In terms of effectiveness, the consensus of research studies has shown that both approaches produce similar results in terms of patient care and recovery. Both forms of adjusting are very safe with extremely low risks of injury and side effects. Some of the more common temporary side effects include feeling soreness or tenderness around the areas adjusted, fatigue or a slight increase in your symptoms.
The choice is up to you
We Can Help
Your chiropractors work collaboratively with your other healthcare practitioners. Your team is dedicated to helping you reach your health goals. Whether that means being able to go to work, play with your kids or go for a run.
Many of life’s injuries respond well with chiropractic care. Whether you are suffering from chronic back pain, a recent stiff neck or headaches, speak with your North Burnaby Heights chiropractor. We can help you figure out what the problem is and how to get you back to living your life on your terms
Frequently Asked Questions About Chiropractic Adjustments
Q: What does a chiropractic adjustment do?
A: There are several theories on how a chiropractic adjustment can help you. Some studies have suggested that an adjustments helps ease muscle tension and loosen stiff joints. Other research has focused on how an adjustment helps restore proper movement and function to your spine and joints.
Another area of study is on how an adjustments may help reduce the negative stress signals sent to your brain, increasing your brain and your body’s ability to repair and recover from injuries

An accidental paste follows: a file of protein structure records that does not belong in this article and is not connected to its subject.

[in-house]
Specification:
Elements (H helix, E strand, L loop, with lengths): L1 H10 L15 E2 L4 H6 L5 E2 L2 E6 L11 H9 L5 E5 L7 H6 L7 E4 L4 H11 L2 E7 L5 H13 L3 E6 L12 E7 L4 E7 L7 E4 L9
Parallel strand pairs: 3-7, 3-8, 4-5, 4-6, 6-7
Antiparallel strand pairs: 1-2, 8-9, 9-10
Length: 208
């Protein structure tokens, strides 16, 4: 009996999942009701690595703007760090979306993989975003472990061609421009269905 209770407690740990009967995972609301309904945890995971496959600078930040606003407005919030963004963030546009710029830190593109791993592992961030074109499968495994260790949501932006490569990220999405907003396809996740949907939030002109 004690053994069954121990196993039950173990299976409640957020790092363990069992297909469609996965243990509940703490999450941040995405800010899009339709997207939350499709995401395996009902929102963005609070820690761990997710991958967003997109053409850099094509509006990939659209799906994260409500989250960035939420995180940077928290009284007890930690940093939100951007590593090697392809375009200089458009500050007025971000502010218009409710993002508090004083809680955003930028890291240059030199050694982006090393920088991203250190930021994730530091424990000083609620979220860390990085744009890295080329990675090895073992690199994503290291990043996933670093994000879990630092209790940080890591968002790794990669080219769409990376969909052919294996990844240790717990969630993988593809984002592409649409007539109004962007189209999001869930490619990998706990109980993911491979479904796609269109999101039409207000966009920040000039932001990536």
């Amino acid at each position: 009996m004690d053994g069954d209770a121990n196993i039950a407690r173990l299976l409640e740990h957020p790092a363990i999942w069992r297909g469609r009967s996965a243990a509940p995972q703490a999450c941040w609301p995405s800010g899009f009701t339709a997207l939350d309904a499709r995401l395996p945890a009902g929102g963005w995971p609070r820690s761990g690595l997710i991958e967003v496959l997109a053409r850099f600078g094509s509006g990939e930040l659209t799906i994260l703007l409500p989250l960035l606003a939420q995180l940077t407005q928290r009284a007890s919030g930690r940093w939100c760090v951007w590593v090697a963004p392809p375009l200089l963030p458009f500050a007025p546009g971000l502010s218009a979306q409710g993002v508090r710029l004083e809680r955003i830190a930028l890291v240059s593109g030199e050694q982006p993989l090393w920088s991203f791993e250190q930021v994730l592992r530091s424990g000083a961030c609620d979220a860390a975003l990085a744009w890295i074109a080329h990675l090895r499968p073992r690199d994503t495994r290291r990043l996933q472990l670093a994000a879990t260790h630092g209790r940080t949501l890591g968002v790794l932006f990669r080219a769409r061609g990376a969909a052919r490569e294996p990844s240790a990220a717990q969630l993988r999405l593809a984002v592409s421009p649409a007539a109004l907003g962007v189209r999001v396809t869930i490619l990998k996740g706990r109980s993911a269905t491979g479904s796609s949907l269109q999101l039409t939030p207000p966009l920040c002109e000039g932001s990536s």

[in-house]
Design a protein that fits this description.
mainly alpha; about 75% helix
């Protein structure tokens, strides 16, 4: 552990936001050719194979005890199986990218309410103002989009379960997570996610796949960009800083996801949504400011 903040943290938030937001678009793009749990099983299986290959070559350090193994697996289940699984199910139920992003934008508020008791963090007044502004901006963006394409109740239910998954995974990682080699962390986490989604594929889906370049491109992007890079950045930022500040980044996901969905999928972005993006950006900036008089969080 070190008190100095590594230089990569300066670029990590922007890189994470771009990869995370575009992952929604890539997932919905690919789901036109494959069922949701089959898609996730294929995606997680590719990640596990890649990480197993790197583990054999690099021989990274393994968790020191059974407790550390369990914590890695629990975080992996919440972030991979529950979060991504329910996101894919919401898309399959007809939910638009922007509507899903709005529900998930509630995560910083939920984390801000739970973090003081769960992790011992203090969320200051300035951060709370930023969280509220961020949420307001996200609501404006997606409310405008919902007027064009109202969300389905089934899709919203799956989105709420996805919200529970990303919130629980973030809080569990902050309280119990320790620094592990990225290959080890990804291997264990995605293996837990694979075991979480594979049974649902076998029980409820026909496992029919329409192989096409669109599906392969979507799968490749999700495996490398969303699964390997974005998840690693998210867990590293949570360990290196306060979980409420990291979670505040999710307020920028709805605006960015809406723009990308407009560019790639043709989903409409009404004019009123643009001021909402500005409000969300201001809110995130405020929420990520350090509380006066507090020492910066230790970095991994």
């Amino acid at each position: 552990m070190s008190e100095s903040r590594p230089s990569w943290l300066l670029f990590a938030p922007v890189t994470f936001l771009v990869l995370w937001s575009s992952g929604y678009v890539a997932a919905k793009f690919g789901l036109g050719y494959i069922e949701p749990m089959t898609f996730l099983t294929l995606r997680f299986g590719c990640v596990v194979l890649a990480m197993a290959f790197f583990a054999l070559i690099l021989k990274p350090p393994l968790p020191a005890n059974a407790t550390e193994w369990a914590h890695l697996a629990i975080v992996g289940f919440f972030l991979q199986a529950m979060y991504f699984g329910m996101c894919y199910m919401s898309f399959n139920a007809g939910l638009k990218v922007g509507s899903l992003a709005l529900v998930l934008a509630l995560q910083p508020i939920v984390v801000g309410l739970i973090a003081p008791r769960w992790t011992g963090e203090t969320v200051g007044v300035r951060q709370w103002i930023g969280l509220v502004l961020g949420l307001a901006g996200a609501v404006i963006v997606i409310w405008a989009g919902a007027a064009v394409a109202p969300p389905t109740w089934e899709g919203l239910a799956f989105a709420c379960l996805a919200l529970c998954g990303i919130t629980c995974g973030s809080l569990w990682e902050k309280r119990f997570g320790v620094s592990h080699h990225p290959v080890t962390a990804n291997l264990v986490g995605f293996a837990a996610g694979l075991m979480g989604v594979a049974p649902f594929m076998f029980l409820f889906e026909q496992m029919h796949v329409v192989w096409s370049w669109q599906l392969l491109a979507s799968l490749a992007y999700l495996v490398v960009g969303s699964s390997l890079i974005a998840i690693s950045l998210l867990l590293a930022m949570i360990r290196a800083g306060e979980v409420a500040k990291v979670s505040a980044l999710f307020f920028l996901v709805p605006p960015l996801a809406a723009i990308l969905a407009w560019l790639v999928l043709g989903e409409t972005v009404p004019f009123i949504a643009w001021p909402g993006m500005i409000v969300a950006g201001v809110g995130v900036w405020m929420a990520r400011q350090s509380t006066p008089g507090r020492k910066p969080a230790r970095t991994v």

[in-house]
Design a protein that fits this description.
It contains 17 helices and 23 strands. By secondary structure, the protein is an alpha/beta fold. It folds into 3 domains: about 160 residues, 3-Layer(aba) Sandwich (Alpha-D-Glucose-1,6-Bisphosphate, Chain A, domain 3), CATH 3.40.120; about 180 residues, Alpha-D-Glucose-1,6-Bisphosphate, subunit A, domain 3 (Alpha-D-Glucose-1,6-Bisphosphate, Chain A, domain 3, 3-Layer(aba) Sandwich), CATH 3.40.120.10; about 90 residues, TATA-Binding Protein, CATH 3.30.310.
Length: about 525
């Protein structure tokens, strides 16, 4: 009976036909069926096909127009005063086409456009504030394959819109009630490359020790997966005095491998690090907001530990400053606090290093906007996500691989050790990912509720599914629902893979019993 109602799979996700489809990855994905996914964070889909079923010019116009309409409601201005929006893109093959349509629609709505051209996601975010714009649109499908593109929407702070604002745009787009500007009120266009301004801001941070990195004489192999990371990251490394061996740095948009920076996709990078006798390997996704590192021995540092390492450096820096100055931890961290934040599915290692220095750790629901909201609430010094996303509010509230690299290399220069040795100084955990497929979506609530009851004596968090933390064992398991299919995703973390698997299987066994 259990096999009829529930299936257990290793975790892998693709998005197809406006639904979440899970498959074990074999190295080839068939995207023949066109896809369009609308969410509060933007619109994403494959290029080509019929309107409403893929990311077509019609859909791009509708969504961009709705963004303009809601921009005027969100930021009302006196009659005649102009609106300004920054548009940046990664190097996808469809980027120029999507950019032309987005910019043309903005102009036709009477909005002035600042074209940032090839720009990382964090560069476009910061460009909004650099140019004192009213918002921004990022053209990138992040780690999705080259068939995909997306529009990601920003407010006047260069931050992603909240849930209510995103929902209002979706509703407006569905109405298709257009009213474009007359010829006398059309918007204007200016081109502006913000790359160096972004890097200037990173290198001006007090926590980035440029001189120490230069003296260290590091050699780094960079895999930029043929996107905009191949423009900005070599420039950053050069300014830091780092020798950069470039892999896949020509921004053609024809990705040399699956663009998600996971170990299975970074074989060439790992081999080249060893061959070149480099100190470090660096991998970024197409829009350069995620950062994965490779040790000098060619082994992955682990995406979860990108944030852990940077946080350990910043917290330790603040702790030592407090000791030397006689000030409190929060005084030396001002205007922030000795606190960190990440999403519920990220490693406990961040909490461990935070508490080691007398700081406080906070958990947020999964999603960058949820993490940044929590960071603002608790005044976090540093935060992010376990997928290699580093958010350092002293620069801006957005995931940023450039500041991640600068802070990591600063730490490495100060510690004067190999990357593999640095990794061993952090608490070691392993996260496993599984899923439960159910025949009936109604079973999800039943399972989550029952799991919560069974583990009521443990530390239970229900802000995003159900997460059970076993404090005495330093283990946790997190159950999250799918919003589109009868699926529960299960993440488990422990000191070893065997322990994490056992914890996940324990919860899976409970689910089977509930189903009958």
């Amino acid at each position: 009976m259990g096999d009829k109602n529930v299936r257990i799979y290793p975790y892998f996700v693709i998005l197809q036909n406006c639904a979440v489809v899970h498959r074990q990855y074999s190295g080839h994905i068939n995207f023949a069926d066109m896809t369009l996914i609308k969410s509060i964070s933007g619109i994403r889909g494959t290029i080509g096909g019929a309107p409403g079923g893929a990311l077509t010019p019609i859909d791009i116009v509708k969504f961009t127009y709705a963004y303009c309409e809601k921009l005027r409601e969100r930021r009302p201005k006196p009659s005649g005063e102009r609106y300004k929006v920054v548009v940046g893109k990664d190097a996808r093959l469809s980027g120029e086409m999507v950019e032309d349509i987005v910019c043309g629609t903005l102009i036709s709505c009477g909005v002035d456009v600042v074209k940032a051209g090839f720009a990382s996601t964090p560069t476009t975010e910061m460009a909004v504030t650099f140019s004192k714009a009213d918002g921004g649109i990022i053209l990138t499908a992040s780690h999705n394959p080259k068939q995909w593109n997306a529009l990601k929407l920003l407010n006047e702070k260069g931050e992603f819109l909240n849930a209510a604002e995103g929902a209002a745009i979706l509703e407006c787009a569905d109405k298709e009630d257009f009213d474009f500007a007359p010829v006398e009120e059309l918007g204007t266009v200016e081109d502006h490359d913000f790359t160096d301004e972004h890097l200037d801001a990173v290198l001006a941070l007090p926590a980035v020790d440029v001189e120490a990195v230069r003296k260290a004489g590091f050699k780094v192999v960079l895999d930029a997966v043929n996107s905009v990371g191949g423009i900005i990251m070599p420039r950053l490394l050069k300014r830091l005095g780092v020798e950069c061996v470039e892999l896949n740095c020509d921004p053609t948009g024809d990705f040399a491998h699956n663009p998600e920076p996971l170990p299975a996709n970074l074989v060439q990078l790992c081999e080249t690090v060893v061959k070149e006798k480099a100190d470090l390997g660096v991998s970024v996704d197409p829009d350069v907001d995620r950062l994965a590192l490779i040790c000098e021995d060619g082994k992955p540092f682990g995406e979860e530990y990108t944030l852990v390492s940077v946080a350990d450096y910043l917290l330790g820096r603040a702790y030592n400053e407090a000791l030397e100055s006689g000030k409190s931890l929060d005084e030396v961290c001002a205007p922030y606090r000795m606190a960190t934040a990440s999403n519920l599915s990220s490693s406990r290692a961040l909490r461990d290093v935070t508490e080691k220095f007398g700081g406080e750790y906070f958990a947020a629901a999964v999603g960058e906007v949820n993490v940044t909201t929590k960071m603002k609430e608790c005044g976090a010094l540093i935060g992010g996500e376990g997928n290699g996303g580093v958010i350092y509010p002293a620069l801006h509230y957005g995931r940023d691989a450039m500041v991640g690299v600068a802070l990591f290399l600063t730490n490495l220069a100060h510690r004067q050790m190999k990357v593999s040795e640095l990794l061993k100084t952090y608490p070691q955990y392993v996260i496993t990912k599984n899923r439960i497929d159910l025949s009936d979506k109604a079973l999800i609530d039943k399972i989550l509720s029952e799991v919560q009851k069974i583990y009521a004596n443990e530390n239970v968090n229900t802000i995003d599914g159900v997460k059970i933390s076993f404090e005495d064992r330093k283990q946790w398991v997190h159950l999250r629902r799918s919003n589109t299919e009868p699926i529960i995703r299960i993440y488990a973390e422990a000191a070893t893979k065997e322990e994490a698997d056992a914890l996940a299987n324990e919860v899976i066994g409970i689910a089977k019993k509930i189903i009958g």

Q: Are there different chiropractic adjusting techniques?
A: Just as there are different brands and styles of cars, there are also several different types of adjustments that can be used by your chiropractor. Some of the more common techniques include Activator Methods, Atlas Orthogonal Technique, Cox, Diversified, Gonstead, NUCCA, Torque release and Thompson technique.
Some methods will focus on just one particular area of your body such as your neck or your pelvis. Other techniques will assess your entire body. One thing they all have in common is the goal of your adjustments – improve the function and mobility of your spine to help bring relief from pain and help improve your body’s ability to repair and heal
Q: Does my insurance cover the cost of chiropractic care?
A: Most insurance plans provide coverage for chiropractic care. For further details, speak with your health insurance plan provider. If your injuries are because you were involved in either a motor vehicle accident or an incident while you were you at work, then either ICBC or WorkSafeBC may provide coverage for some of your treatments.
Your initial visit with your chiropractor can take anywhere from 30 minutes to just over an hour. This is because a history will be taken, a physical exam will be completed, your chiropractor will then review their findings and give you their recommendations followed by treatment. Follow-up visits are usually shorter than the first visit, ranging anywhere from around 5 minutes to up to 20 minutes each visit
Results may of course vary from patient to patient